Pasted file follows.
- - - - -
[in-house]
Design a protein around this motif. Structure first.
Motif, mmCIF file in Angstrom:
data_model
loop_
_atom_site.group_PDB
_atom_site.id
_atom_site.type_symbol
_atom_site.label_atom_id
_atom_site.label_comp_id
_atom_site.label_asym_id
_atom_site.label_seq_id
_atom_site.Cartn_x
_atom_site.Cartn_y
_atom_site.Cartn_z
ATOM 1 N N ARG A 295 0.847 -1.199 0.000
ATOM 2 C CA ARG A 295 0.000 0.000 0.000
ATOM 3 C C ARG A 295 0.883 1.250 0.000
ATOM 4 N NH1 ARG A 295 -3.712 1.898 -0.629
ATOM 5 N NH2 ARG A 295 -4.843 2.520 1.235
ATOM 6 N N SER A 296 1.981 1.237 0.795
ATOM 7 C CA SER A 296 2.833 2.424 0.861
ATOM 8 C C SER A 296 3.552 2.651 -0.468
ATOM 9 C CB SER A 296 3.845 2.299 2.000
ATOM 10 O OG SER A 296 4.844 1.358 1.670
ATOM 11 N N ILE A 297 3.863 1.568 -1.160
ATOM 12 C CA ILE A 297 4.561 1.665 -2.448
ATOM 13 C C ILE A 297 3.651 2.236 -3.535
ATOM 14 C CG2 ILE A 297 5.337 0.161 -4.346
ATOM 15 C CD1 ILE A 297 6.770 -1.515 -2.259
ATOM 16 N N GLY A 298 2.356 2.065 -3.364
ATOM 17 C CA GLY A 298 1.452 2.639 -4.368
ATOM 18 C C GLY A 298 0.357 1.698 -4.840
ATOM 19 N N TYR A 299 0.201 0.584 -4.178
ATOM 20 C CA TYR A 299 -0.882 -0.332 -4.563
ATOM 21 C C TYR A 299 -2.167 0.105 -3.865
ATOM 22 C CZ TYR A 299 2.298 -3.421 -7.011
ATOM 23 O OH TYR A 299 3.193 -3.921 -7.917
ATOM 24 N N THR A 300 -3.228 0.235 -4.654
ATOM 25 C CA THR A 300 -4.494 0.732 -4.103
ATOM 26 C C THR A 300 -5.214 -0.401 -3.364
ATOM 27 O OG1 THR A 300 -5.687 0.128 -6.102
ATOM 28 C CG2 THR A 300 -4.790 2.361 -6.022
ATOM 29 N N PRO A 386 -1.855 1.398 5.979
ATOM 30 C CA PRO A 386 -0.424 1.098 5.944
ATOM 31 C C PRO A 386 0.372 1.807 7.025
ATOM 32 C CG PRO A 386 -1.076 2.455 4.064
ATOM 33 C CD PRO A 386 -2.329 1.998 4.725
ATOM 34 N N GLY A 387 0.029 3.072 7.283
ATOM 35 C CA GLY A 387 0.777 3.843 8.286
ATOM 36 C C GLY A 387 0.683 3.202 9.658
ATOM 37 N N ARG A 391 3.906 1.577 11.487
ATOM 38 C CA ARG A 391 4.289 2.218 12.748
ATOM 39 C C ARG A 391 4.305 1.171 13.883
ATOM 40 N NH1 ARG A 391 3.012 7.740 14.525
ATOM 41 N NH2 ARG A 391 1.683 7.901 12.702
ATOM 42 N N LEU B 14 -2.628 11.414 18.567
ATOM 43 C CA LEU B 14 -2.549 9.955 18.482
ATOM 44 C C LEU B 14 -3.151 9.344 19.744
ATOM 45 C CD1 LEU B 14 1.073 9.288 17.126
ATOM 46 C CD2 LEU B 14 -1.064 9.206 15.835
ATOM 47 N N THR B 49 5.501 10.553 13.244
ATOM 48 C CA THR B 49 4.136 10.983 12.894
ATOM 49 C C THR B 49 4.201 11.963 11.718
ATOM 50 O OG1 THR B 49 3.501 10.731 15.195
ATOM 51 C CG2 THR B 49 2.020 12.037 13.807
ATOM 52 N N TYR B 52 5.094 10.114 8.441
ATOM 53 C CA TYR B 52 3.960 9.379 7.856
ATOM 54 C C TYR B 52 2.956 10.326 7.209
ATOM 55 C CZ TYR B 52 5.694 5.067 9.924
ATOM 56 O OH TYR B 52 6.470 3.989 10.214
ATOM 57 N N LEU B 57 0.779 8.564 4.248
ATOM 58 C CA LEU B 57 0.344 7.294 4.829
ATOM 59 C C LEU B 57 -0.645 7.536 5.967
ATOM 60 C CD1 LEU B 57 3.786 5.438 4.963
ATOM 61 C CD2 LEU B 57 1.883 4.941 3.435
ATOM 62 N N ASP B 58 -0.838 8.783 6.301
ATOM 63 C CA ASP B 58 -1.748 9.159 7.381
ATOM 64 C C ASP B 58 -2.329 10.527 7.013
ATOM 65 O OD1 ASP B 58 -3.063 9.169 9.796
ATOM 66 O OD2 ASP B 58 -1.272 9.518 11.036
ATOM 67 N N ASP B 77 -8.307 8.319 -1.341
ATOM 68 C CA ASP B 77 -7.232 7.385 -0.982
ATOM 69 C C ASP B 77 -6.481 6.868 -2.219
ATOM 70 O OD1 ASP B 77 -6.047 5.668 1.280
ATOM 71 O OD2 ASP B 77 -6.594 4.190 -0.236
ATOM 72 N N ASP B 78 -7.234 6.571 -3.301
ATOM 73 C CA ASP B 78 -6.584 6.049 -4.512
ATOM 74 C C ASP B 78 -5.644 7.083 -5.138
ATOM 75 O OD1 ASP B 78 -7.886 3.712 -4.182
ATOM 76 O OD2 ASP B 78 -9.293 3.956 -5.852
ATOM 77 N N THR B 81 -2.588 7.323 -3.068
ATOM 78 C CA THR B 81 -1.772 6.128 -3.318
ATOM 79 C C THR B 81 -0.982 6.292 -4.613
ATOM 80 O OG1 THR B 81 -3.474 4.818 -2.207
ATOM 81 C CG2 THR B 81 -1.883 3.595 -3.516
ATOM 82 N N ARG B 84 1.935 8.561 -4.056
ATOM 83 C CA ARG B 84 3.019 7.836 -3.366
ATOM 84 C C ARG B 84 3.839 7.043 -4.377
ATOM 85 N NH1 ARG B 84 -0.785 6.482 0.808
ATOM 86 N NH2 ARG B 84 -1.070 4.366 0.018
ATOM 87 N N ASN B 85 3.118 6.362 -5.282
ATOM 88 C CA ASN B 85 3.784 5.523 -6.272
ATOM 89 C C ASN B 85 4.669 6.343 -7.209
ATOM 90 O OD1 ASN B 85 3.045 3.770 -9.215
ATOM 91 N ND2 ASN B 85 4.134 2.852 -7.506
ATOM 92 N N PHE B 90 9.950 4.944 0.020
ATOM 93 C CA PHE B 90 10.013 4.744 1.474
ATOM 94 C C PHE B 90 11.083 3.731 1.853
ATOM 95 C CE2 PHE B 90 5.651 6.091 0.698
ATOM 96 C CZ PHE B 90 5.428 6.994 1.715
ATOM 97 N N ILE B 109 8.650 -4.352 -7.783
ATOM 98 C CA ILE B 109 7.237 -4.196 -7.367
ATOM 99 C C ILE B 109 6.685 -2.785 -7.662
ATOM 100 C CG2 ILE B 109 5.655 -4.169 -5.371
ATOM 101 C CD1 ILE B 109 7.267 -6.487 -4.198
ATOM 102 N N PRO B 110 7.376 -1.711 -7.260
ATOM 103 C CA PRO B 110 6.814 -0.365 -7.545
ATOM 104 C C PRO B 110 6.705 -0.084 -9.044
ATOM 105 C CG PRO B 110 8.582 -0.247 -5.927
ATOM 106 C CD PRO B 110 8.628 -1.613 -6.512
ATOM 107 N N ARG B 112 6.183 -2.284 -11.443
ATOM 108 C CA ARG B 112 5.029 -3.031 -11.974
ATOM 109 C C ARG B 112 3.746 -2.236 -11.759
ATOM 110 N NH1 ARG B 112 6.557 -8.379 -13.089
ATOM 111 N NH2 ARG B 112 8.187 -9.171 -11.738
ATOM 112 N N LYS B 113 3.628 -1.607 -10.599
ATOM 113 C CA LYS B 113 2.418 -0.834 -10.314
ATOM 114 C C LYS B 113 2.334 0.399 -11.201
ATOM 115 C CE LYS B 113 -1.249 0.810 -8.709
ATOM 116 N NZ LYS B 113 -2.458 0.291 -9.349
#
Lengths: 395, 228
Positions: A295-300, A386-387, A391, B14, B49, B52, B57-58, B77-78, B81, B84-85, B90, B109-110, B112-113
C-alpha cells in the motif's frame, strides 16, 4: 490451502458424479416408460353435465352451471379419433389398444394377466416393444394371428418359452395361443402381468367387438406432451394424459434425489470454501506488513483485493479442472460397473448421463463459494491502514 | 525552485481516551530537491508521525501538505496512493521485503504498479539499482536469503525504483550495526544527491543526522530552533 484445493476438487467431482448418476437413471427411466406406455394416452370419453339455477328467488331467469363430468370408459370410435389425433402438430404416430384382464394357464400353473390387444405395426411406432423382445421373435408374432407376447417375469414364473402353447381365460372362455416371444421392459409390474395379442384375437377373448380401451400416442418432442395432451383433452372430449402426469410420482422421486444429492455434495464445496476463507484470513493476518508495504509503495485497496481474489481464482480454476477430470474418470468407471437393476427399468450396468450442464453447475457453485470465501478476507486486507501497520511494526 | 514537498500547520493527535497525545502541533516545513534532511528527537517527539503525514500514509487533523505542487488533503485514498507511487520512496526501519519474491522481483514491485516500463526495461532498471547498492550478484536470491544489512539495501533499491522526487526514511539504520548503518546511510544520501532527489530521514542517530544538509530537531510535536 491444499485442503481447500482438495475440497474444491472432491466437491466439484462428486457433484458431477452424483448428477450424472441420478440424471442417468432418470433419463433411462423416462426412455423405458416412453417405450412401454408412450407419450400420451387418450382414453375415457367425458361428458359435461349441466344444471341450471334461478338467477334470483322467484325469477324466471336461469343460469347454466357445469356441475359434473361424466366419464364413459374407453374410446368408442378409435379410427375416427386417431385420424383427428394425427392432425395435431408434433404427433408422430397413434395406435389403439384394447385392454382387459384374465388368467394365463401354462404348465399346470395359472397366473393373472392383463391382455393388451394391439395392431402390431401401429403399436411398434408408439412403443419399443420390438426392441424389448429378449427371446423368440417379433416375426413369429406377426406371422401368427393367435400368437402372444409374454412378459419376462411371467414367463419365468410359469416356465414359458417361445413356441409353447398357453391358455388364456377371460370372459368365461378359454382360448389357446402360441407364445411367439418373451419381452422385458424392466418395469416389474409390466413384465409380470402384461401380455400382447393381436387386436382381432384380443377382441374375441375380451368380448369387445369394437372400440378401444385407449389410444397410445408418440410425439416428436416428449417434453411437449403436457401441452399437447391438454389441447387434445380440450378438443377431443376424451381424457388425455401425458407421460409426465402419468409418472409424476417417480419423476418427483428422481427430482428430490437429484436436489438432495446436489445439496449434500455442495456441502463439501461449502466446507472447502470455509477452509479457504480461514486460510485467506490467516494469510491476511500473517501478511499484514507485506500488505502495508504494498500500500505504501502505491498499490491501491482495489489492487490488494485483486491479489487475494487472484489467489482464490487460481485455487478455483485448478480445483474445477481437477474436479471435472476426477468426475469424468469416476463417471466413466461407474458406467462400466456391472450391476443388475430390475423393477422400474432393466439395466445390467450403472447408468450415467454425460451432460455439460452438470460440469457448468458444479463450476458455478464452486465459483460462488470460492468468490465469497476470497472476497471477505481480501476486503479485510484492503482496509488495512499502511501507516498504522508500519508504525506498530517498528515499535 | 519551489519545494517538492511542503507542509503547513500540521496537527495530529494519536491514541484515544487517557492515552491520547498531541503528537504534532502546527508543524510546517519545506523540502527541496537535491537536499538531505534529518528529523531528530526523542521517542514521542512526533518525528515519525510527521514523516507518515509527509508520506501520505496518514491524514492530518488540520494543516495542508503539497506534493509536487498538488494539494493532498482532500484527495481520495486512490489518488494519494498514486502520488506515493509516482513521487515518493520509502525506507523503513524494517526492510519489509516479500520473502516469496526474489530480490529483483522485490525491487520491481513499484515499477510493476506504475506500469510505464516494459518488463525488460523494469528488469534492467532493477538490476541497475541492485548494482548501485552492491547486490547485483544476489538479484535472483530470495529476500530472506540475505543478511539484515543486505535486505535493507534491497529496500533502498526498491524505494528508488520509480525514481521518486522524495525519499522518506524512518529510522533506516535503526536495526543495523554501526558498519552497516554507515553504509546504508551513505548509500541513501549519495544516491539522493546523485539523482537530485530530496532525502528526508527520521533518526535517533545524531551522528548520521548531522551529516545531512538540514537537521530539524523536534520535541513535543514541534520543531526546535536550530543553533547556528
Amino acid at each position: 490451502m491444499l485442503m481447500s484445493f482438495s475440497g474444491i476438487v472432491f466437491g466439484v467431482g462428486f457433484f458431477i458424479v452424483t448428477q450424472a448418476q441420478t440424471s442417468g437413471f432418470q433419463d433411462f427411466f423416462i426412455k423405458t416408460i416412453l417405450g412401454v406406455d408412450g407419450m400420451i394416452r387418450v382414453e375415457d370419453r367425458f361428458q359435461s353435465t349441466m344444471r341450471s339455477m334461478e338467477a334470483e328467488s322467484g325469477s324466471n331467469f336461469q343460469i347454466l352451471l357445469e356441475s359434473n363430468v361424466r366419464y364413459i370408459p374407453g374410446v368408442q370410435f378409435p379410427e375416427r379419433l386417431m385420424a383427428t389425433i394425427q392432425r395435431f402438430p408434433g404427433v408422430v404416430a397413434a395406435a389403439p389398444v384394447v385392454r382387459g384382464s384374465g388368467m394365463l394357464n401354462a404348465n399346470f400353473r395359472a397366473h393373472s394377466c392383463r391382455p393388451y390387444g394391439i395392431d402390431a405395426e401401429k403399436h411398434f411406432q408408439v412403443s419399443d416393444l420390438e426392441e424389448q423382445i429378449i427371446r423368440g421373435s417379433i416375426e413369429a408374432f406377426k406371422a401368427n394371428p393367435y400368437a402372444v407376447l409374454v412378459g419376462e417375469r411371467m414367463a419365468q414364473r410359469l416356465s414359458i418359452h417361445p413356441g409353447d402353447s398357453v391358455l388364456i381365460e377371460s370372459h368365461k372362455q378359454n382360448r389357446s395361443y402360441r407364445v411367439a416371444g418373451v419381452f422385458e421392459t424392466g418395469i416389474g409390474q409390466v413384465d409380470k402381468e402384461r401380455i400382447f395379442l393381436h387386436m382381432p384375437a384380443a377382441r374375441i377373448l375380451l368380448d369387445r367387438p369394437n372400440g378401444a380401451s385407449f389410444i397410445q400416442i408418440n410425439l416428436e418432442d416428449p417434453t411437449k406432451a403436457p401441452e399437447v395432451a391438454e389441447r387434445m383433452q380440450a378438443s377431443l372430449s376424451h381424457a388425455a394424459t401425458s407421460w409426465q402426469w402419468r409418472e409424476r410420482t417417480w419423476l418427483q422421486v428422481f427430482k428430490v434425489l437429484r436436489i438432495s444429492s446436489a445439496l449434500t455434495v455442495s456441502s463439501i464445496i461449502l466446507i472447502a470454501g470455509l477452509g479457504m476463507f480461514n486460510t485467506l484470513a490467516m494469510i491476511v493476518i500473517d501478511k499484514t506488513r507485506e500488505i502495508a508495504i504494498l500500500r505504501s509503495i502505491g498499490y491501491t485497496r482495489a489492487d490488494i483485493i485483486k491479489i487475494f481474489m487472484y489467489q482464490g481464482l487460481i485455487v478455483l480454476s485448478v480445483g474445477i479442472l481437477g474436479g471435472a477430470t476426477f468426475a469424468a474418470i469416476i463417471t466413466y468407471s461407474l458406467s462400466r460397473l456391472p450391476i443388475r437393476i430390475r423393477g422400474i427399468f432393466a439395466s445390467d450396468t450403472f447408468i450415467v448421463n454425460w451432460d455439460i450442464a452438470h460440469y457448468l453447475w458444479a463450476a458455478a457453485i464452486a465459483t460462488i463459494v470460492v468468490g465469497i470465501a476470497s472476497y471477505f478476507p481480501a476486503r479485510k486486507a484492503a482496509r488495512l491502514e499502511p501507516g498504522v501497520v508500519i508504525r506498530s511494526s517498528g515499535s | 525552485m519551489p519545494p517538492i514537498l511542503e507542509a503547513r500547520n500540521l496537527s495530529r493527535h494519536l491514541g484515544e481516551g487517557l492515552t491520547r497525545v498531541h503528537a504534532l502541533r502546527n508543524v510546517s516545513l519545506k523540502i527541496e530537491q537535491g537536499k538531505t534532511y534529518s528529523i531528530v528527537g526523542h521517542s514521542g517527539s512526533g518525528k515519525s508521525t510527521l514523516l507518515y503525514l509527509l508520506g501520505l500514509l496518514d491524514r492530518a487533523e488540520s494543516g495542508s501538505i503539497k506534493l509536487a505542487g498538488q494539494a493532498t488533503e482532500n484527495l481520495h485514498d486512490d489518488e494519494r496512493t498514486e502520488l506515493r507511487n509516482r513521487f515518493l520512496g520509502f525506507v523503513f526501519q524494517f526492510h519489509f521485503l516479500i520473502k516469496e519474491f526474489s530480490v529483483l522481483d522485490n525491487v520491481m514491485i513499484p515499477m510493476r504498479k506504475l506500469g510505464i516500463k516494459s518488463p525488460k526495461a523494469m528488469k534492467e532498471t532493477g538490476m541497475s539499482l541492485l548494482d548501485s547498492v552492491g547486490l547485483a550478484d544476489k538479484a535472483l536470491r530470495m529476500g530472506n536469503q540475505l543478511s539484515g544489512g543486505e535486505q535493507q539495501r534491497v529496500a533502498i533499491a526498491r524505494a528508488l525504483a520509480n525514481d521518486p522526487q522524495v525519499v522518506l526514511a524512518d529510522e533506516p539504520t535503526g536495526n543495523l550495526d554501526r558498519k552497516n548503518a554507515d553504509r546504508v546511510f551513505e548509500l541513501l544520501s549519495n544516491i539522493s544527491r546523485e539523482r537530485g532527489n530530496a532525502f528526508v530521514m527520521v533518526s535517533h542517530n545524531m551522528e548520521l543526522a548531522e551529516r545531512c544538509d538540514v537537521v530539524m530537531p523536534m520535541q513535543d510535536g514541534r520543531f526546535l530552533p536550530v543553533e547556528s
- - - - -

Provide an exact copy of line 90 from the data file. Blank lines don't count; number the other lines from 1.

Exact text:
ATOM 75 O OD1 ASP B 78 -7.886 3.712 -4.182